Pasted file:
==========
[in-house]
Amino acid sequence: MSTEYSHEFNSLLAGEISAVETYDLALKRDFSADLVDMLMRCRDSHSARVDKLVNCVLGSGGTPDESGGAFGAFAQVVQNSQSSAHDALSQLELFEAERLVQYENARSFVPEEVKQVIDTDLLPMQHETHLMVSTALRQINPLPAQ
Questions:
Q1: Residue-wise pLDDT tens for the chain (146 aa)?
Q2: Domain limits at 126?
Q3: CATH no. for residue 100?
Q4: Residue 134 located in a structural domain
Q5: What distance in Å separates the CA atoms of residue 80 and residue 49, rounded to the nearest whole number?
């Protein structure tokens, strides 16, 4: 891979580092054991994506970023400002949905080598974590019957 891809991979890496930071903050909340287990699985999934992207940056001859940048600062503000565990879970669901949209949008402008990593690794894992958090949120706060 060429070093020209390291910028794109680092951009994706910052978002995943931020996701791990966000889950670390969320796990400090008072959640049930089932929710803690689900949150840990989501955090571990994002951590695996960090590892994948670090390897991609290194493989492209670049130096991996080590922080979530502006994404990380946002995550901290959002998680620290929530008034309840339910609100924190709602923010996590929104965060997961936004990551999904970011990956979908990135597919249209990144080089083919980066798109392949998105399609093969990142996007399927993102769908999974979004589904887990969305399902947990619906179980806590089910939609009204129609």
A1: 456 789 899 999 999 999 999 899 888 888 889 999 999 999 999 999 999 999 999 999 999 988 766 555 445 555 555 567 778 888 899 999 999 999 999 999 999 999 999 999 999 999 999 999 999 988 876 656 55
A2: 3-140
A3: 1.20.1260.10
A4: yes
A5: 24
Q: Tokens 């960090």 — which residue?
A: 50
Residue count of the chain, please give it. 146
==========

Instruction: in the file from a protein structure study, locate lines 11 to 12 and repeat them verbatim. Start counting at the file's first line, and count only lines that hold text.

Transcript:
A2: 3-140
A3: 1.20.1260.10